Most gasoline in the United States contains ethanol, which oxygenates the fuel and reduces air pollution. E10 is themost common ethanol and gasoline blend, but there isalso E15 and E85 that can be found in cars on the road today.
E10 is gasoline with 10% ethanol content, while E15 is gasoline with 15% content and so forth. E85 can be used in flexible fuel vehicles, which are designed to operate on any blend of gas and ethanol up to 85%. However, E85 fuel has some significant issues associated with it.
Corrosion, reduced lubricity and material breakdown are all common when this fuel is being used in vehicles that cannot properly accommodate it. NonE85-compatible pumps may suffer premature brush and commutator wear, corrosion of commutator brush wires, swelling of non-metallic materials, and pumping section component wear. To combat this wear, Carter fuel pumps use carbon material (versus copper material) for the commutator pads. This eliminates oxidation and high electrical erosion.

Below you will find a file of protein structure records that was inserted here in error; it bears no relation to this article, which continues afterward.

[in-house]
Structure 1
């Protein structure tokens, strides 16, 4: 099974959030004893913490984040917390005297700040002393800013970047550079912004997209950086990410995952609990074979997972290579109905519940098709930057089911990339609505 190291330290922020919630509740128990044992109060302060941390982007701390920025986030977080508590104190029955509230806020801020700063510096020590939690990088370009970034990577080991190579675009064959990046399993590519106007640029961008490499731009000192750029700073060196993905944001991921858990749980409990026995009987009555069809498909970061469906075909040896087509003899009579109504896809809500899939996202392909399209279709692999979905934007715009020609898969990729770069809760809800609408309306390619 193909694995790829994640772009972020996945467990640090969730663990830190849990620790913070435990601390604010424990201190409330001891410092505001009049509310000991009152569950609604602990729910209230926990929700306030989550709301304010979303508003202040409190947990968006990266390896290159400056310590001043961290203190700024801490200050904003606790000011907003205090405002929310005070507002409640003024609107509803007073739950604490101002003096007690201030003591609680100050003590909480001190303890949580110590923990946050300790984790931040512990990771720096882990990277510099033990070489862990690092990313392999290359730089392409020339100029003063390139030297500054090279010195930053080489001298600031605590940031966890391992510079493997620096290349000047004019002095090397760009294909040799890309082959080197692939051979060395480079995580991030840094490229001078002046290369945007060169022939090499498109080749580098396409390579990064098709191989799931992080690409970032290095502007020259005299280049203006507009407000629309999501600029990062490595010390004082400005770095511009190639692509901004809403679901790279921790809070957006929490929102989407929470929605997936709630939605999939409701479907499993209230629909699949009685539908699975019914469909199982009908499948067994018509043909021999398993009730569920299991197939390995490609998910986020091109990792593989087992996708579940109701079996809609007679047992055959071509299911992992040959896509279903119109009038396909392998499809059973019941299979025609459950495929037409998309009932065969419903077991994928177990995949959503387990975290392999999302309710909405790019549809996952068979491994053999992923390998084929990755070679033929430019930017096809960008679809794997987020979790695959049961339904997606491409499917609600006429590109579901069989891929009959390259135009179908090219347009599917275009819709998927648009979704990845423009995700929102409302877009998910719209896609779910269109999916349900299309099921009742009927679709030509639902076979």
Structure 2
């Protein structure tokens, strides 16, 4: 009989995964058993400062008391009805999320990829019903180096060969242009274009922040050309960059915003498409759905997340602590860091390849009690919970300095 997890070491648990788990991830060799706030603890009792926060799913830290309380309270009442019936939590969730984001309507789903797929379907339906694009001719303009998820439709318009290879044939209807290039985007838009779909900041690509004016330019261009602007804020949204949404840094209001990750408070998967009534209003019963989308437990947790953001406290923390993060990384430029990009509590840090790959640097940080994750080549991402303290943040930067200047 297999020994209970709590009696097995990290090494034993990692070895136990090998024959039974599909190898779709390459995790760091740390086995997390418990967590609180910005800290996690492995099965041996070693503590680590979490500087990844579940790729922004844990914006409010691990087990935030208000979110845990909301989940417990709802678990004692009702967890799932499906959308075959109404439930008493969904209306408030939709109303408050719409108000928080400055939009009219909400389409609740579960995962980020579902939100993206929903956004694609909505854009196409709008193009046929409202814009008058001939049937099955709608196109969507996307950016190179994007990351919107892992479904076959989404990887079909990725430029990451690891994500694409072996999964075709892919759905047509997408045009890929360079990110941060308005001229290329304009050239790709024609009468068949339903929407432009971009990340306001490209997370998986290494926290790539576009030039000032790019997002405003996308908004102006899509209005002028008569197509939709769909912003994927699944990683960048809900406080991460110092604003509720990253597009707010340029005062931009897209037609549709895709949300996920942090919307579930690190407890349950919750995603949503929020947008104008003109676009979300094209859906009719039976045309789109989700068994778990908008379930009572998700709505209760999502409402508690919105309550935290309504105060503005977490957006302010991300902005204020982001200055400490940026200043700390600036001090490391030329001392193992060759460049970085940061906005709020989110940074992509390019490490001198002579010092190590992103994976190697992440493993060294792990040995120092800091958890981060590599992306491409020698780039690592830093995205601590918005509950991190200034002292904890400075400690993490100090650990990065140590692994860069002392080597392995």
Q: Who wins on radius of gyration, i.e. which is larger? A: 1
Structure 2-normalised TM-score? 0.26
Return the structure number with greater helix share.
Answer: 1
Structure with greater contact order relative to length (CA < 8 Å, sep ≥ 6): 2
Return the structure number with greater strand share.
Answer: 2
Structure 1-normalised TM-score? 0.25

The binder used to manufacture the carbon brush and commutators is also ethanol compatible. Carter also nickel-plates the carbon brush wire strands.In addition, ethanol-compatible materials prevent the swelling of non-metallic components.
To prevent corrosion of the commutator brush wires, Carter plates the copper brush strands with nickel. Carter also adds wear prevention coating to the pumping section components or utilizes alternate materials to minimize wear.
Keep in mind, it is very important to always use the gasoline rating that is recommended for your vehicle by the manufacturer. Consult your owner’s manual for this information and do not use E85 in your vehicle if it is not a flex fuel vehicle.
Carter has much more information like this on their website, make sure to check out all their fuel related articles for the latest news and industry trends.
This video is sponsored by Carter Fuel Systems.